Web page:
FaithWorld

from Nicholas Wapshott:

The pope’s divisions

The political roundups of 2013 make little mention of perhaps the most important event to alter the political landscape in the last 12 months. It was not the incompetence of the Obamacare rollout -- though that will resonate beyond the November midterms. Nor was it House Speaker John Boehner (R-Ohio) finally snapping at the Tea Party hounds who have been nipping at his heels.

No, it was the March 13 election of Jorge Mario Bergoglio, a cardinal from Argentina, as pope of the Roman Catholic Church.

It is significant the new pope chose as his name Francis, after Francis of Assisi, the 12th century saint who shunned comfort and wealth, and devoted his life to helping the poor and treating animals humanely. Pope Francis said he was inspired by a Brazilian colleague, who whispered to him, “Don’t forget the poor.” Since then he has rarely missed the chance to reprimand the rich and embrace the poor, as shown by his refusal to adopt the palatial papal lifestyle in favor of more modest accommodation.

The conservative saint Margaret Thatcher also embraced Francis of Assisi on being elected British prime minister in 1979. On the doorstep of 10 Downing Street, she quoted the verse attributed to St. Francis (though not written by him), “Where there is discord, may we bring harmony.”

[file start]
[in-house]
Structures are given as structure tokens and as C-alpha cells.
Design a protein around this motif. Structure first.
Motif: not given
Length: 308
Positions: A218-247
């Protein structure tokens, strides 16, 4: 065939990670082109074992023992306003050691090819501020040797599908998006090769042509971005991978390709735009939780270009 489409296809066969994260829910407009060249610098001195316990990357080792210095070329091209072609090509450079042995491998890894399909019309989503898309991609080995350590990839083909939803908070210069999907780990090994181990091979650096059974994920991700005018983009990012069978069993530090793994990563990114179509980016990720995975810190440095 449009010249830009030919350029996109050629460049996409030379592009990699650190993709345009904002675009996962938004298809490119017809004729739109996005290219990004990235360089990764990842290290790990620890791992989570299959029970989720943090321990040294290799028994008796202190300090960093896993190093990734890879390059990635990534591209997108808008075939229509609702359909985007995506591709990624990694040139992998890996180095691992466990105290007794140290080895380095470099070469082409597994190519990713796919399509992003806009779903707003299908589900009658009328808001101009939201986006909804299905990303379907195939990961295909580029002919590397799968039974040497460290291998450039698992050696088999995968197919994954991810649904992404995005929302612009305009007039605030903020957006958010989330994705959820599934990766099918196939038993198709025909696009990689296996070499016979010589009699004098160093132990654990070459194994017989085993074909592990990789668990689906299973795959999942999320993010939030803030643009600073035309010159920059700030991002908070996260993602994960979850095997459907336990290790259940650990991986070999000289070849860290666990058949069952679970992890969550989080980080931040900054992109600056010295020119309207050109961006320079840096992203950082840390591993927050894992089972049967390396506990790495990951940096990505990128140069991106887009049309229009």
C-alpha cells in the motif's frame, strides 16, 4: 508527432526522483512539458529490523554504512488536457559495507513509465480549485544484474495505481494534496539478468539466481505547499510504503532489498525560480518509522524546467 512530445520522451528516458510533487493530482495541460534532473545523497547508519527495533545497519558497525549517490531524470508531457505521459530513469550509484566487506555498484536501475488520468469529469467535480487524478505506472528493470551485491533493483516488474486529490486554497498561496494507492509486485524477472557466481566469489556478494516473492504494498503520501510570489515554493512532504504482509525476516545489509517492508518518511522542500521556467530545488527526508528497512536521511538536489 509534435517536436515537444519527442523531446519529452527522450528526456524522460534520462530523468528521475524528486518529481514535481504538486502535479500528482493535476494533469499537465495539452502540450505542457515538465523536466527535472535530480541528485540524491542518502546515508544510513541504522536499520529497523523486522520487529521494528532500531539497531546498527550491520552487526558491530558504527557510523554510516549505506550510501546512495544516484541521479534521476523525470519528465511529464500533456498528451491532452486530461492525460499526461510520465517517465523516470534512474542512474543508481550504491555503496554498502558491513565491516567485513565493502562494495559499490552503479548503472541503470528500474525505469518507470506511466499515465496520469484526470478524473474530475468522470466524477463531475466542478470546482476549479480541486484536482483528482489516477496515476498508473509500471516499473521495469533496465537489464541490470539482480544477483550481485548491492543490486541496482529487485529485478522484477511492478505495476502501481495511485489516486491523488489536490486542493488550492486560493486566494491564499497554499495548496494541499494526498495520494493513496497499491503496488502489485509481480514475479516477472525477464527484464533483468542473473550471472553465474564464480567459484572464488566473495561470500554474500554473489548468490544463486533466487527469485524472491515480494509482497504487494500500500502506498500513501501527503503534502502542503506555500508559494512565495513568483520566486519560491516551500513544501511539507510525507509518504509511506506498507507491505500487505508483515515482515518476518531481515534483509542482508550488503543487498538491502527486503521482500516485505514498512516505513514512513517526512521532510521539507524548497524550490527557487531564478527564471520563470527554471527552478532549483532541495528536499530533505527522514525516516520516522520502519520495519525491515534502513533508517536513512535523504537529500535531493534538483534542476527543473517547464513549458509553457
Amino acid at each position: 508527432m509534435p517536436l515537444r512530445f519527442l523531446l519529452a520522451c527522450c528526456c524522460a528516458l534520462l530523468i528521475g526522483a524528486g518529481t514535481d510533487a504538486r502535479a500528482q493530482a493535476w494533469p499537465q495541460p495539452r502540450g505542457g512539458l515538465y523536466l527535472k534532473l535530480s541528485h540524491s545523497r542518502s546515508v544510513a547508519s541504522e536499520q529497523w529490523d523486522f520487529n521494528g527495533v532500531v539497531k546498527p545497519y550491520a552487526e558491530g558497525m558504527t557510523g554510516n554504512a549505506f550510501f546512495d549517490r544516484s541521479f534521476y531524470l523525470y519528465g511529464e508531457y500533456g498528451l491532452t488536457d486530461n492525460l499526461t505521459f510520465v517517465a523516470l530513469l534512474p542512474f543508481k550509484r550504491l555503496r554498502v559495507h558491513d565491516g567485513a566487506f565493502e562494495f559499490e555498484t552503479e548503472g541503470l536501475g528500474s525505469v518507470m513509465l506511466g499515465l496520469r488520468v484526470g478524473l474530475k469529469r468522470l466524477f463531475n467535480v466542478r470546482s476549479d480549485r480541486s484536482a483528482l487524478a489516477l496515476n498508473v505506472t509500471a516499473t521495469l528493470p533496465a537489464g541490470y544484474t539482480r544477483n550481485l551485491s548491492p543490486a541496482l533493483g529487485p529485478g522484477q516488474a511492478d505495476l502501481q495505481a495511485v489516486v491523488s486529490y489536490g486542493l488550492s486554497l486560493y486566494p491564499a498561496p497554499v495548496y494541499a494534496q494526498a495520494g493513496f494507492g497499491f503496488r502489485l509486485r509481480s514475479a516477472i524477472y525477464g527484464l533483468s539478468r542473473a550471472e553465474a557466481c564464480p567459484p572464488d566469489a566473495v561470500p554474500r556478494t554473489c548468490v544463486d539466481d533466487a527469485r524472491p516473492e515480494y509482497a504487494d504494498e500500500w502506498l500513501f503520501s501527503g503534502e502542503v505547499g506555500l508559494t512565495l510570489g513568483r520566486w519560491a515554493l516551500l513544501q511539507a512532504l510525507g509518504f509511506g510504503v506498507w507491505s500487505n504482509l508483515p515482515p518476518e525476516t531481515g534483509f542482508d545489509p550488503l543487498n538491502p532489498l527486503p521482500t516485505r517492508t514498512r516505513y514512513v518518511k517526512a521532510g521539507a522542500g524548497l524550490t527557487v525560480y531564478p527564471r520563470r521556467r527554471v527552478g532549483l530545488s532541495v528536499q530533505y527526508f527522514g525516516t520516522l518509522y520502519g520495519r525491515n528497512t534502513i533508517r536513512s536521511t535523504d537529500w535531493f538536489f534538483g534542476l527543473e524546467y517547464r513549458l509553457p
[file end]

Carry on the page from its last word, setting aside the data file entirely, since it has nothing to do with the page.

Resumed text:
Thatcher, incapable of irony, plainly meant what she said. Though few who lived through her reign would recognize the spirit of reconciliation in her divisive policies.

from Tales from the Trail:

O’Donnell has question on U.S. Constitution – where does it say separation of church and state?

Republican Christine O'Donnell has a question: where in the Constitution does it say separation of Church and State?

And she is genuinely amazed that the issue is addressed in the First Amendment.

The moment was captured during a debate at Widener Law School in Wilmington and quickly spread through the blogosphere.

Many Tea Partiers part of religious right: study

tea party (Photo: Tea Party member Ellie Mels at a Tea Party Fair in Charlotte, Michigan July 24, 2010/Rebecca Cook)

Many supporters of the conservative Tea Party movement that has shaken up politics share the same views as the Christian right on social issues like abortion and the role of religion in public life, according to a poll released on Tuesday.

While the loosely organized Tea Party movement has focused largely on shrinking the size of government and other fiscal issues, its backers are more likely to support government restrictions on gay marriage and other social issues, the Public Religion Research Institute found in its American Values Survey.

The survey found significant overlap between the Tea Party, made up mostly of Republicans, and the religious right, which has played a significant political role for decades.